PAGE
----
RadioShack said Tuesday it will close 1,100 retail stores across the country amid a disappointing fourth quarter, in a sign that the electronics retailer is ceding ever-more market share to big box stores and online providers, such as Amazon.
CEO Joseph Magnacca said the closings would leave the company with more than 4,000 U.S. stores still operating. RadioShack did not say which of its stores it planned to shutter.
The District of Columbia Council moved Tuesday to decriminalize some use of marijuana.
The Washington Post reports Mayor Vincent Gray said he intends to sign the bill into law, pitting the district directly against the federal government, which still considers smoking marijuana a criminal offense.
The U.S. Supreme Court has ruled that a federal whistleblower law, enacted after the collapse of Enron Corporation, protects not just the employees of a public company, but also company contractors like lawyers, accountants, and investment funds.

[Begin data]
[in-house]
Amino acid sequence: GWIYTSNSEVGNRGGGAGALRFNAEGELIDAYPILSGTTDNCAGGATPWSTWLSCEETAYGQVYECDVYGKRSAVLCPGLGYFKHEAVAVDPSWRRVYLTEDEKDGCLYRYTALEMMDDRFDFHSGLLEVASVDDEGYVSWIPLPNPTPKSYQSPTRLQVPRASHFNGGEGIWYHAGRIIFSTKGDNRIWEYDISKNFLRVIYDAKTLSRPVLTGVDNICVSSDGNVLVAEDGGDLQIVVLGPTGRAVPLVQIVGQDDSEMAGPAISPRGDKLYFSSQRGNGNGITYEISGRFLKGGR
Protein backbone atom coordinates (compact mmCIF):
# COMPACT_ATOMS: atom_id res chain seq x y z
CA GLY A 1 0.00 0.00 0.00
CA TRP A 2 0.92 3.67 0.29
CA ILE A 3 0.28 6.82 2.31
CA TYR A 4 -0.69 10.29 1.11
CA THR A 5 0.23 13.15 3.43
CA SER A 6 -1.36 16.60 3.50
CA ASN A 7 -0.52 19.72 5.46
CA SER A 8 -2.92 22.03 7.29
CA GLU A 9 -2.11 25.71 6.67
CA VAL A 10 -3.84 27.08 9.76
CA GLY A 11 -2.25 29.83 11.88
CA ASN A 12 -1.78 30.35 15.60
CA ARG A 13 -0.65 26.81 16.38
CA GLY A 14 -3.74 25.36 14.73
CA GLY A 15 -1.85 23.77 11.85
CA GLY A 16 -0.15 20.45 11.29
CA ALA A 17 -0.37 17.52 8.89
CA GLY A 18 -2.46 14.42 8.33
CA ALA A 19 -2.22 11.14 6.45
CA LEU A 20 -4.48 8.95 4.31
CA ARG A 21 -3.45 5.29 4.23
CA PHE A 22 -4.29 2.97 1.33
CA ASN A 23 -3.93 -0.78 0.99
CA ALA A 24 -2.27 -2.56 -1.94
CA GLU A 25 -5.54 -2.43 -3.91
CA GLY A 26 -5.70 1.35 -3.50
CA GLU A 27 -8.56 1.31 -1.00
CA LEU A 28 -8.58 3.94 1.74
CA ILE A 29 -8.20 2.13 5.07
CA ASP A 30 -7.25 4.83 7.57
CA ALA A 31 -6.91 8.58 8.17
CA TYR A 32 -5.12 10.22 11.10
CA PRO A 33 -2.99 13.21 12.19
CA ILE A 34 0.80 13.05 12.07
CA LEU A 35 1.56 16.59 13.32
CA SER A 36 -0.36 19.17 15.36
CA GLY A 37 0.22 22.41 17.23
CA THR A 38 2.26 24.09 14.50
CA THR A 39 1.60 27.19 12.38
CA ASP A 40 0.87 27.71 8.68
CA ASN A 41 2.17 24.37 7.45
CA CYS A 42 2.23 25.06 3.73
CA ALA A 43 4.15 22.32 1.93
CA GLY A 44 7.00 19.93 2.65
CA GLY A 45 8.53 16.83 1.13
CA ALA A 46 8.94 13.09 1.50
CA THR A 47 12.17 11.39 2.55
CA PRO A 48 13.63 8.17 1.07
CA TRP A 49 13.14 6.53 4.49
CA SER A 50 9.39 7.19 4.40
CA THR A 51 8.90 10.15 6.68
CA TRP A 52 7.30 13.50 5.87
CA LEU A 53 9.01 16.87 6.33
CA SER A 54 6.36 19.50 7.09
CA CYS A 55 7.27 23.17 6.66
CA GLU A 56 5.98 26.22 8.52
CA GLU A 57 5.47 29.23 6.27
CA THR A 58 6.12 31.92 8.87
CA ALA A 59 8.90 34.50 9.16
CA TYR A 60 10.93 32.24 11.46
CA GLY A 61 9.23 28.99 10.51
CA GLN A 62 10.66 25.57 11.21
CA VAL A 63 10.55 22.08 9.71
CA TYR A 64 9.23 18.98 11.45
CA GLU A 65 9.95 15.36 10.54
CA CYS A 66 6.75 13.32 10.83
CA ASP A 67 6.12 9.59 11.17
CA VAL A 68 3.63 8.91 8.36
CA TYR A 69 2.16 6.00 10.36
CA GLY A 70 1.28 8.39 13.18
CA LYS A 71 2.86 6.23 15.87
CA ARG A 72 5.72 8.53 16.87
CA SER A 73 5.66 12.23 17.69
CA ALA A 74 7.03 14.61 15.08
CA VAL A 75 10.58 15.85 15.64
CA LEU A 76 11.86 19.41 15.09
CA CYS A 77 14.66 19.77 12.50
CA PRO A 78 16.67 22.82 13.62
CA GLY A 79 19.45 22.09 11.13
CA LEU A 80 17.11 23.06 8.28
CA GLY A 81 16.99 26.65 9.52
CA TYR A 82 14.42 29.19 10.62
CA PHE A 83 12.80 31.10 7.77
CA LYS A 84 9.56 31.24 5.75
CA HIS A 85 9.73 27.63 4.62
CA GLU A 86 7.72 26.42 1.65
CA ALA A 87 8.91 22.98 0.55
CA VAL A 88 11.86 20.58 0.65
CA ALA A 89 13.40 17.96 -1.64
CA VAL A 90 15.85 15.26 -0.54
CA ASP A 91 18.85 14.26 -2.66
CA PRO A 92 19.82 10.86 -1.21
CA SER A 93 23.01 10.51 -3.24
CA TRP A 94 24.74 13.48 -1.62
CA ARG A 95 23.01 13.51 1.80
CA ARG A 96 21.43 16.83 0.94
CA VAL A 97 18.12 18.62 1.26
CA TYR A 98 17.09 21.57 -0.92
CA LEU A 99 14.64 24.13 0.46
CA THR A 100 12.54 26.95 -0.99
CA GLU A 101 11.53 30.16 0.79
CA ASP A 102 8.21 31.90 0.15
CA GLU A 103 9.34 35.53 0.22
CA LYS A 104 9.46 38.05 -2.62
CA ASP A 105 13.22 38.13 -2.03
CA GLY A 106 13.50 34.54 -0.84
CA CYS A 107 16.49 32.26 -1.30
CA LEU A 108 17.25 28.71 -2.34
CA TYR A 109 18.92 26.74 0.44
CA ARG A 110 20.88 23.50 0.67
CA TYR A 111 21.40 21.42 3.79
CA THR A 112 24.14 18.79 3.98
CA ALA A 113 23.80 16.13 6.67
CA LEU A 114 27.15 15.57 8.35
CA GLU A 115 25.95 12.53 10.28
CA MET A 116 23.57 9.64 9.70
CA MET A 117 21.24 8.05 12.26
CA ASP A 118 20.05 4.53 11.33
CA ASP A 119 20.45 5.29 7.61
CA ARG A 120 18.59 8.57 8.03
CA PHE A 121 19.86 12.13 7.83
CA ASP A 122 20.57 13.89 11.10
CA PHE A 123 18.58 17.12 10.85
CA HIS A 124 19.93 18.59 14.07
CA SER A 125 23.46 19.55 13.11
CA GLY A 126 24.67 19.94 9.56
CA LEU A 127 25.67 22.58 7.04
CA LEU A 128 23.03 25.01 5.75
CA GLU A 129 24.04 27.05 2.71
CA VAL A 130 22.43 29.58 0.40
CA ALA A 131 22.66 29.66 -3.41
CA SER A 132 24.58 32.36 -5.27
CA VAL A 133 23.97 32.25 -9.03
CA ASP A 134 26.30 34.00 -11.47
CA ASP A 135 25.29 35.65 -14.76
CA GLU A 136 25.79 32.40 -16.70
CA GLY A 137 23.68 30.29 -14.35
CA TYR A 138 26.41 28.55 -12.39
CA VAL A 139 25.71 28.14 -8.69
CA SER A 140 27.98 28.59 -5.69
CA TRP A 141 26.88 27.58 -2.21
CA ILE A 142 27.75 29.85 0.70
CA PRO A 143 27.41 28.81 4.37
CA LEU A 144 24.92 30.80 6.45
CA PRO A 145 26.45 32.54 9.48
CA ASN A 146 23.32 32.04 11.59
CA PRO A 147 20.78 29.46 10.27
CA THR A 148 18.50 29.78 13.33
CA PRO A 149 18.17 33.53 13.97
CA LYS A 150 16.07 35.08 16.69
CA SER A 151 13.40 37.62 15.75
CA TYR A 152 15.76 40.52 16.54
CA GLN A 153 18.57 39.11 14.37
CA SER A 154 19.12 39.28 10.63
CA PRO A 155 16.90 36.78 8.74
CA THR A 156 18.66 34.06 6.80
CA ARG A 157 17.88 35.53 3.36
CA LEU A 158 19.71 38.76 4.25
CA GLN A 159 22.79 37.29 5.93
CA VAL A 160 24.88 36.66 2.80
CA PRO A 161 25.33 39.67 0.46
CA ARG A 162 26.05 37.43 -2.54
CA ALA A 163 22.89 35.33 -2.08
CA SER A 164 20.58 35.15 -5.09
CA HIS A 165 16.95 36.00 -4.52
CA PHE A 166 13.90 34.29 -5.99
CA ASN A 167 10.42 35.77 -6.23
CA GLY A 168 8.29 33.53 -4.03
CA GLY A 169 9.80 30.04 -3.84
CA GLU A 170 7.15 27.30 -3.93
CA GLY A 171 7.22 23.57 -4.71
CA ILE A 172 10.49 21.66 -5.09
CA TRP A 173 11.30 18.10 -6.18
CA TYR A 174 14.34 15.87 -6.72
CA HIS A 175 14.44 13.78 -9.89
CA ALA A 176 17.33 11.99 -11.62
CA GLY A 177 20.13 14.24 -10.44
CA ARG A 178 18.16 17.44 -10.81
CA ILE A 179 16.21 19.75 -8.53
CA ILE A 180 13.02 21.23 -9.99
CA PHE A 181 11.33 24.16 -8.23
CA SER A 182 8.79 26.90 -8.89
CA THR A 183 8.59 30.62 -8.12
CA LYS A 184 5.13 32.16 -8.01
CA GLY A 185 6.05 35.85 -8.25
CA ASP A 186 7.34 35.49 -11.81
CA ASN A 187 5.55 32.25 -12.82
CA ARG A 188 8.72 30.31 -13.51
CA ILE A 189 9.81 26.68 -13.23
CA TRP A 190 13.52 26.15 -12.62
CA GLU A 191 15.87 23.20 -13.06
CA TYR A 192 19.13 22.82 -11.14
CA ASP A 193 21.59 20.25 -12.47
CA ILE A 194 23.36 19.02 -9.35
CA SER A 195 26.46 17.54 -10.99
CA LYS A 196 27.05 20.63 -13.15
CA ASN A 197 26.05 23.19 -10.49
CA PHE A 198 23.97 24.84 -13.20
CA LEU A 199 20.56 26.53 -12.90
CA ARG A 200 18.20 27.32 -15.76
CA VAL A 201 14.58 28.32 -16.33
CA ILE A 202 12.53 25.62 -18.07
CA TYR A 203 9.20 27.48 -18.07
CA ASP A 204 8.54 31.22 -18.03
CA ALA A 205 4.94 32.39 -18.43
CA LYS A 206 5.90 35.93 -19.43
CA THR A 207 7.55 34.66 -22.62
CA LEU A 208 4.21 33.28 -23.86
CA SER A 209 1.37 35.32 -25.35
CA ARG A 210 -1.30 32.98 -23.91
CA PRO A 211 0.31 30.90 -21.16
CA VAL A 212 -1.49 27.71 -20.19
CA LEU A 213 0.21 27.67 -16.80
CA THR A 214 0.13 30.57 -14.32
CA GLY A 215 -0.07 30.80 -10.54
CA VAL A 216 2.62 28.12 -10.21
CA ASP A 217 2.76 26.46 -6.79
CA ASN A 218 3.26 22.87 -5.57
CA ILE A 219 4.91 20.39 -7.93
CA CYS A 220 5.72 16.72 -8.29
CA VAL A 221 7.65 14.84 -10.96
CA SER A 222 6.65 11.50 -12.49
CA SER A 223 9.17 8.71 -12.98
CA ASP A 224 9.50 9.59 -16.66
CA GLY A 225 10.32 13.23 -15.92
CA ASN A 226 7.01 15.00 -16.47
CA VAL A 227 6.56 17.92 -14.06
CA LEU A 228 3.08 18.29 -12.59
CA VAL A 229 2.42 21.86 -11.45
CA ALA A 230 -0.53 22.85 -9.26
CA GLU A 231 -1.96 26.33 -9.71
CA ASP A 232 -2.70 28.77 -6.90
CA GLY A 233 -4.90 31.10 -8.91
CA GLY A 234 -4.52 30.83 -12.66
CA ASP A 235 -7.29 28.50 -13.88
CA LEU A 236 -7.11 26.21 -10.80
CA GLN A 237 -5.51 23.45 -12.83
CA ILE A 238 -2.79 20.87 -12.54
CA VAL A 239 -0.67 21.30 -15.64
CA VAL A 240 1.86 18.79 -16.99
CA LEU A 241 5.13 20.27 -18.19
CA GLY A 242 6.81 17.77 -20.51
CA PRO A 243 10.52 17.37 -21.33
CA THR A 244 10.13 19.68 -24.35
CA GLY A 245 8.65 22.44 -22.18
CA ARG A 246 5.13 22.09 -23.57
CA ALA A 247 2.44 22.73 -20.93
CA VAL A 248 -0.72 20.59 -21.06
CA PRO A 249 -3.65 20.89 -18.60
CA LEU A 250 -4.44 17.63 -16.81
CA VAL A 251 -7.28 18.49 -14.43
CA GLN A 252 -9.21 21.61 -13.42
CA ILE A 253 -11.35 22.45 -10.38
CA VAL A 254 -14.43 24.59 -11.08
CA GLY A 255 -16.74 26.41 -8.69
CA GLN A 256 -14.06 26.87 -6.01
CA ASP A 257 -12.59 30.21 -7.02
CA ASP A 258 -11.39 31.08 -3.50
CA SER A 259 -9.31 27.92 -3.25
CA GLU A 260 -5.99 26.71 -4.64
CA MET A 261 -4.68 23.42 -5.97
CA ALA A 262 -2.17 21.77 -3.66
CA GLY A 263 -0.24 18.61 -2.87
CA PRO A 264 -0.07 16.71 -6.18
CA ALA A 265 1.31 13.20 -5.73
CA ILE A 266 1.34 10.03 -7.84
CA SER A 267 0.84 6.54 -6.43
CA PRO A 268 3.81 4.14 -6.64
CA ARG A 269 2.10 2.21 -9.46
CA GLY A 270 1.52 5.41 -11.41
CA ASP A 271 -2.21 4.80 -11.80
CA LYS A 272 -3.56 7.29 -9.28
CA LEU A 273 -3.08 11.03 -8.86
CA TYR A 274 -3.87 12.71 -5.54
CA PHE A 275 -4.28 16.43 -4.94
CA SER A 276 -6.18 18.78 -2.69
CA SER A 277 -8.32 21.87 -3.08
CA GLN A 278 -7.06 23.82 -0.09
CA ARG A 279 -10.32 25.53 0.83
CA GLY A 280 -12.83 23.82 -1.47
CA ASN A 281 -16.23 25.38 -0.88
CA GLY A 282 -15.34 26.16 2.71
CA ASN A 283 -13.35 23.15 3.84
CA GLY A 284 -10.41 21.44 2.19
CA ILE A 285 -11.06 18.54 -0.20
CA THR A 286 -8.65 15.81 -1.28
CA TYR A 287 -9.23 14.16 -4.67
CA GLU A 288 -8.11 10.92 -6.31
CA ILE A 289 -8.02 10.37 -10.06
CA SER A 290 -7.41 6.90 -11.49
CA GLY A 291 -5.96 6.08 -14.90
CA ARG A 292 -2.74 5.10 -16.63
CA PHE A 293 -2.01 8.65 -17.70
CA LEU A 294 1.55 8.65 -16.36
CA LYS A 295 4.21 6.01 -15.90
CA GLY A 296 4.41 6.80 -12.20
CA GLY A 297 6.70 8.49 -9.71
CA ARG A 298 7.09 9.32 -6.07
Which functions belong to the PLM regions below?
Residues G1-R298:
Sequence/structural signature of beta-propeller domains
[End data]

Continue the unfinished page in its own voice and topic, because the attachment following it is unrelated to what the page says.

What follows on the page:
Writing for the six-justice majority, Justice Ruth Bader Ginsburg said that in enacting the Sarbanes-Oxley law in 2002, Congress provided protection from retaliation for employees and contractors alike to ensure that they would not be intimidated into silence when they knew of corporate wrongdoing.
It's testing time in Illinois today. Hundreds of thousands of students began taking state tests in math and science but some students, parents, even teachers are refusing. At dozens of schools in Chicago, they're staging a boycott, saying the tests don't matter. As NPR's Cheryl Corley reports, it's part of a growing national debate over measuring student performance.
UNIDENTIFIED GROUP: Boycott the ISAT. Let things be. Boycott the ISAT.